Working with regional government & non-profit partners to realize dream of Long Island’s first ‘Family Justice Center’ MINEOLA, N.Y. – Acting Nassau County District Attorney Madeline Singas has proposed and is working with regional and local governmental and non-governmental partners to create a comprehensive one-stop shop for domestic violence victims that would allow them to receive legal, health, financial and other services in one convenient location next to Nassau County courts, addressing many of the logistical issues that currently make it difficult for victims to get the help they need during domestic violence prosecutions. “Four New York City boroughs and Westchester County have Family Justice Centers to serve as comprehensive one-stop shops for domestic violence victims, and it's time we provide Nassau County victims with these critical resources in the most efficient and effective way we can,” Acting DA Singas said. “No victim of a crime should have to miss out on the services they need because government failed to coordinate resources, and that's why I’ve made the creation of Long Island’s first Family Justice Center a priority. I'm grateful to County Executive Edward Mangano for his support and commitment to this important project, and I look forward to working with our government and community partners to ensure its success." Nassau County Executive Edward P. Mangano stated, “I declared Family and domestic violence are public health emergencies that threaten the lives of children and other family members. Since taking office, my administration has worked tirelessly to reduce violence in our communities. The creation of a comprehensive one-stop shop is critical for domestic violence victims to receive assistance and obtain other resources they need to get help.” What is the problem?
Domestic violence victims can potentially require a very wide range of services to address their abuse. In addition to appearances in County or Supreme Court facilities, victims typically must also meet with prosecutors from the District Attorney’s Office and detectives and other members of the Police Department. Victims may also require the services of government agencies and non-profit organizations providing legal assistance, physical and mental health care, emergency and long-term housing assistance, educational opportunity, employment assistance, financial counseling and other services designed to help provide safety and self-sufficiency to victims. Right now, a domestic violence victim might have to travel to numerous locations across Nassau County to receive all of the above services. This combined task can be time-consuming, costly, inefficient and dangerous enough – due to the constraints on mobility that domestic violence victims are often subject to by their abusers – to make it difficult for many victims to get all the services they need. What are the solutions?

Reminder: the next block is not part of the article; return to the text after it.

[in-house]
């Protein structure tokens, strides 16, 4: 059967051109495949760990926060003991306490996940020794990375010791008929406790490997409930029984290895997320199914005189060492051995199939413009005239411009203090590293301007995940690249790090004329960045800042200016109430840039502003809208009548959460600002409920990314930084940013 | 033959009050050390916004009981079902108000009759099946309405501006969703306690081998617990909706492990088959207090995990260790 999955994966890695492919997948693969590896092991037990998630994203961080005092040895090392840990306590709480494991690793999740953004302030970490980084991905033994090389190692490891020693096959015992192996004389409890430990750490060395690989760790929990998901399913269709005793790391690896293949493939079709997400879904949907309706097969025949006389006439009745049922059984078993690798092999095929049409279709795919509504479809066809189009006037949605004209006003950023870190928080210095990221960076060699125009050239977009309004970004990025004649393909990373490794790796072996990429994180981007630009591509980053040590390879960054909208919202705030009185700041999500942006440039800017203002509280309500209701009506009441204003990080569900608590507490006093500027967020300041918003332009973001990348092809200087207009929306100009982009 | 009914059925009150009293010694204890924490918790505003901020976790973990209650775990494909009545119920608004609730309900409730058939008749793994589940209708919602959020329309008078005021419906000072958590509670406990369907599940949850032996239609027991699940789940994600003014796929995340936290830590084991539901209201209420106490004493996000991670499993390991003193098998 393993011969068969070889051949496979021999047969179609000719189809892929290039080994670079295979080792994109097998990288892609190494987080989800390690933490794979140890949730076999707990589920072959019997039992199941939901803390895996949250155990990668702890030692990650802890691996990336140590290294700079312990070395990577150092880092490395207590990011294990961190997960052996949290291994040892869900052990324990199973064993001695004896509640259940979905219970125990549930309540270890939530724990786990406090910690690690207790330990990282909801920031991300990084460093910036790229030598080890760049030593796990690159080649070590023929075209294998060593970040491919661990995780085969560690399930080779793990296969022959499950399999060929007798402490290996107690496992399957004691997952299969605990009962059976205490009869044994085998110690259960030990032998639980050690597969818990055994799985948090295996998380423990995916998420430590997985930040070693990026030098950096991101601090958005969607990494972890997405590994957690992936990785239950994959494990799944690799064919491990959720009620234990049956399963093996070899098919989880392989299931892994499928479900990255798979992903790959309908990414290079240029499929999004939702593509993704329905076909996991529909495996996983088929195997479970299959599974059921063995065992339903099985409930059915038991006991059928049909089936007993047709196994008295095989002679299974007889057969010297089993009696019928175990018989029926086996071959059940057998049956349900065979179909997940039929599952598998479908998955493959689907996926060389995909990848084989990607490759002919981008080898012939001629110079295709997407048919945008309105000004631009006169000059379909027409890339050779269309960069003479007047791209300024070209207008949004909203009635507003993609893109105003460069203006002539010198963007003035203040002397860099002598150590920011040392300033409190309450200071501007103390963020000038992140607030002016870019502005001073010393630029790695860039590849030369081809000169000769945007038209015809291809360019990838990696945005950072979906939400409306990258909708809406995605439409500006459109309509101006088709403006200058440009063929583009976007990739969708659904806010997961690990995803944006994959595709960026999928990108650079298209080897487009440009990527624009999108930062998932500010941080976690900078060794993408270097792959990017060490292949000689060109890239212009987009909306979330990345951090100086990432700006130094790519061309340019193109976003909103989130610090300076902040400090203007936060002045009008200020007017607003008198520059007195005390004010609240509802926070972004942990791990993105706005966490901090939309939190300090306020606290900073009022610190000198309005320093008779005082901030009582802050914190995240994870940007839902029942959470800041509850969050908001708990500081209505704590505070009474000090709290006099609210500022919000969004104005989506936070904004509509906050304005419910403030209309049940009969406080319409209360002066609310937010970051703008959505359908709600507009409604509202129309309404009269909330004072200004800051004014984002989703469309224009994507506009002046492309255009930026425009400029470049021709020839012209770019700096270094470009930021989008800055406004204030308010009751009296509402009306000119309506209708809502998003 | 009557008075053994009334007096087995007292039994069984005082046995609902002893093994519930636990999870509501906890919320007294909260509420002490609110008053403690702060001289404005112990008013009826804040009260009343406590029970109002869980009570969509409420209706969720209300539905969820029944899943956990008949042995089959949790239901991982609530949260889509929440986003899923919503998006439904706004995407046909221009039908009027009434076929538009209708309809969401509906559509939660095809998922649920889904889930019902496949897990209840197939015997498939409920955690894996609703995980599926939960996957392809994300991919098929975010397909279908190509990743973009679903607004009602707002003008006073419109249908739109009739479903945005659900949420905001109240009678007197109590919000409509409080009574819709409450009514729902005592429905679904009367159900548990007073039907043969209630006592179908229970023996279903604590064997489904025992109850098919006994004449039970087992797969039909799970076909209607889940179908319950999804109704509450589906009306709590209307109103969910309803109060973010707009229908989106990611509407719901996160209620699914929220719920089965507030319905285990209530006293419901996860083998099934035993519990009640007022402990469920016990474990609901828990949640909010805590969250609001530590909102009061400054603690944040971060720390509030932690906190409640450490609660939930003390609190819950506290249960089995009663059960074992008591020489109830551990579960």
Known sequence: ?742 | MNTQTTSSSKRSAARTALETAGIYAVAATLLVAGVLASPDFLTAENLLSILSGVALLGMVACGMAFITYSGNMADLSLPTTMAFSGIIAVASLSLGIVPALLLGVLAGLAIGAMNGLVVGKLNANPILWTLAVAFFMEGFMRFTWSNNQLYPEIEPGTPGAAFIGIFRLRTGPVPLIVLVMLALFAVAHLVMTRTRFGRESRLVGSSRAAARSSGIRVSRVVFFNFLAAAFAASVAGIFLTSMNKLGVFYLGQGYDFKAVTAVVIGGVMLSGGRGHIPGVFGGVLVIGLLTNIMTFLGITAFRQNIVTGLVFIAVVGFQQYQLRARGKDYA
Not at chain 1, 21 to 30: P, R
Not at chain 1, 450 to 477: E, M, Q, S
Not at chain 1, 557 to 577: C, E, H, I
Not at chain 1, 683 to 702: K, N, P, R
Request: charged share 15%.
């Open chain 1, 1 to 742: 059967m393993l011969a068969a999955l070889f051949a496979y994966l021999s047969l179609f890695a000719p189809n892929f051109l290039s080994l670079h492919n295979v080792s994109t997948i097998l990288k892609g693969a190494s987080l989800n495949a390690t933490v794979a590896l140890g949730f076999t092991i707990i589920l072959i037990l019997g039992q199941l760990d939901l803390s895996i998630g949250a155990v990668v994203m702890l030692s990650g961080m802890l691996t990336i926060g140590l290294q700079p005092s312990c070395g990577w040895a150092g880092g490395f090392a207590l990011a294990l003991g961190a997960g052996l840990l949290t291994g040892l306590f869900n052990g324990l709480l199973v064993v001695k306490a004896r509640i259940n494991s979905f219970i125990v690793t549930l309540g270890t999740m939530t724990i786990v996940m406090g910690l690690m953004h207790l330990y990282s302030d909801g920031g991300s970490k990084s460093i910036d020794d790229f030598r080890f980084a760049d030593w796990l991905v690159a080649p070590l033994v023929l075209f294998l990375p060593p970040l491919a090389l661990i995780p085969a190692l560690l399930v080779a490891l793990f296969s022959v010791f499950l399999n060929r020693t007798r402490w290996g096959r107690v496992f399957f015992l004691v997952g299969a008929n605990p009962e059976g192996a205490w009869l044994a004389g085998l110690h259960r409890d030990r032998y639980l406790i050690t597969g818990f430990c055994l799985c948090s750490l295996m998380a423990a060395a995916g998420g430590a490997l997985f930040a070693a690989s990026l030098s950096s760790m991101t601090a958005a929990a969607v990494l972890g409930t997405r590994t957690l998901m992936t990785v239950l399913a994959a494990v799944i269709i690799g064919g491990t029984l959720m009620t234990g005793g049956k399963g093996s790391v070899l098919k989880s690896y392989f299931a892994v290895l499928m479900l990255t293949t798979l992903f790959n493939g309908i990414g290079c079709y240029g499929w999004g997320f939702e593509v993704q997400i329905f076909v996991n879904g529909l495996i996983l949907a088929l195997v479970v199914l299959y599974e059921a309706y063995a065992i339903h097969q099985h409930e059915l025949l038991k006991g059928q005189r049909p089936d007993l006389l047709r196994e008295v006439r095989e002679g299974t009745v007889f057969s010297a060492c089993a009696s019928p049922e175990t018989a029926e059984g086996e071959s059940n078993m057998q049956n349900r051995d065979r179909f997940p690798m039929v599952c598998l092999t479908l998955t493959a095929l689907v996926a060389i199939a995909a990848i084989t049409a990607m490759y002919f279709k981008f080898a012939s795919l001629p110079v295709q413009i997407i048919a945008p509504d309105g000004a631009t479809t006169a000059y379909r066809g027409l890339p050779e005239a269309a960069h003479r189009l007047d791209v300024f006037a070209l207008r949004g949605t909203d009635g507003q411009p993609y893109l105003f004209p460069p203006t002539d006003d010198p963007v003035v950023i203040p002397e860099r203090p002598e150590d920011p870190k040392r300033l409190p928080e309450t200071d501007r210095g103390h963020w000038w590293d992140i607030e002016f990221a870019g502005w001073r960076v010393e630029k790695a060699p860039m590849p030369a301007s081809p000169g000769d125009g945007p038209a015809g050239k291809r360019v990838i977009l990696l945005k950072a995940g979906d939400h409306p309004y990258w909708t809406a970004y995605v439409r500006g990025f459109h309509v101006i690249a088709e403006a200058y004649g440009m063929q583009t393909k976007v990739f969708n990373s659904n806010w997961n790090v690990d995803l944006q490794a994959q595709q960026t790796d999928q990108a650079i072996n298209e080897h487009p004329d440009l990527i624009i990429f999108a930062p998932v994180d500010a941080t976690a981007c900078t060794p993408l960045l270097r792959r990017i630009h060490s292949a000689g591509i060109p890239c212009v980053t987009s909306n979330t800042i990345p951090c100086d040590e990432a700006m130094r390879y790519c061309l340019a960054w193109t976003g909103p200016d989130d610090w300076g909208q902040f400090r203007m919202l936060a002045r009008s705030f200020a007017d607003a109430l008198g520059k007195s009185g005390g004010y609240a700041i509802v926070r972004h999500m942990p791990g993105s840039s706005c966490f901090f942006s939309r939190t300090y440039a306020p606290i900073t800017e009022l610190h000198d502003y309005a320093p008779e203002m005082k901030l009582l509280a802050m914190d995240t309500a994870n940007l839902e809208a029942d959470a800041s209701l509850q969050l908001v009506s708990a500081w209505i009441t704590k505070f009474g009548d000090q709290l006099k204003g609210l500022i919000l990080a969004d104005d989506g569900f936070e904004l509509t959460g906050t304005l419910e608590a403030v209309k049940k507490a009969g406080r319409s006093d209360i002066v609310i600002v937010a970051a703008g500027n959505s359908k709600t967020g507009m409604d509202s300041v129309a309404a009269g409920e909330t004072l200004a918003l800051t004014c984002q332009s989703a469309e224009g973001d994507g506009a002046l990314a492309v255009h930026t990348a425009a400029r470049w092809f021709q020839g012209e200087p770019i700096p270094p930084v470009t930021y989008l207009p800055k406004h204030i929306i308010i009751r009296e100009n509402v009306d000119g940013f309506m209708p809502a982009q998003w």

In 2014, the Coalition Against Domestic Violence (CADV) and the Coalition Against Child Abuse & Neglect (CCAN) merged into one facility in Bethpage to form The Safe Center, which is also staffed by the District Attorney’s Office and the Police Department. Other services provided at The Safe Center include crisis intervention; individual, child family counseling; legal advocacy; emergency and long-term housing assistance; educational programs; and referrals to other services. A new, comprehensive Family Justice Center, using similar centers in New York City and Westchester as a model, Acting DA Singas said, would build upon the success of The Safe Center and not just expand services, but also put them all in one building adjacent to Nassau County Court, Supreme Court and Family Court, in Mineola within walking distance to major public transportation lines like the Long Island Rail Road. This ‘one-stop shop,’ which would include day care services for children so that parent victims can attend appointments, would allow victims to dramatically diminish the obstacles of cost, time, and risk of detection by abusers that victims currently face. “A new Family Justice Center in Nassau County, using similar centers in neighboring counties as a model, would take the great work currently done at The Safe Center and expand it in both scope and scale, making it even easier for victims to get the help they need in one place near Nassau Courts,” Acting DA Singas said. What has been done so far?